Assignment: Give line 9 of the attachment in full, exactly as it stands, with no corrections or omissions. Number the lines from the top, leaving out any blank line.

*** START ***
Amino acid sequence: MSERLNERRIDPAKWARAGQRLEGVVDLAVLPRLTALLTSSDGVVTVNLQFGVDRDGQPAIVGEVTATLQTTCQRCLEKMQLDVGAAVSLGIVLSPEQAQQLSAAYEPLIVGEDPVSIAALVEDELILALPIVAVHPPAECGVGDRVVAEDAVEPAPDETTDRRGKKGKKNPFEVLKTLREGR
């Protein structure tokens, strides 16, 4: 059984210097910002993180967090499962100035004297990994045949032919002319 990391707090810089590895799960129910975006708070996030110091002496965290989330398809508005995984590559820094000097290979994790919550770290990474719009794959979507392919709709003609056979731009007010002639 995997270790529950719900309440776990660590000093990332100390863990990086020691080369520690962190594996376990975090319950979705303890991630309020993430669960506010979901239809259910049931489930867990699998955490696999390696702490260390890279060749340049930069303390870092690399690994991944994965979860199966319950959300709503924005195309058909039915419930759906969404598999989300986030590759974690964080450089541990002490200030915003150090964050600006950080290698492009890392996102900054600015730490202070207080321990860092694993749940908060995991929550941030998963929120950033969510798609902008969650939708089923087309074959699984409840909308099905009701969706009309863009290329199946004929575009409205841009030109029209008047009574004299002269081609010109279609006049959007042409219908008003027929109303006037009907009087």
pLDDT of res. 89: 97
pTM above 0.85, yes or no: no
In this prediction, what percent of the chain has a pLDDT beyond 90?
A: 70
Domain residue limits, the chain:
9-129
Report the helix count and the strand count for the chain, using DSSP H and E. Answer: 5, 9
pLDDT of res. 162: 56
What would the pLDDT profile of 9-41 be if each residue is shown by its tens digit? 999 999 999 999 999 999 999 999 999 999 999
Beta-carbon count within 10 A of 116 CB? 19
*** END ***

Report the helix count and the strand count for the chain, using DSSP H and E. Answer: 5, 9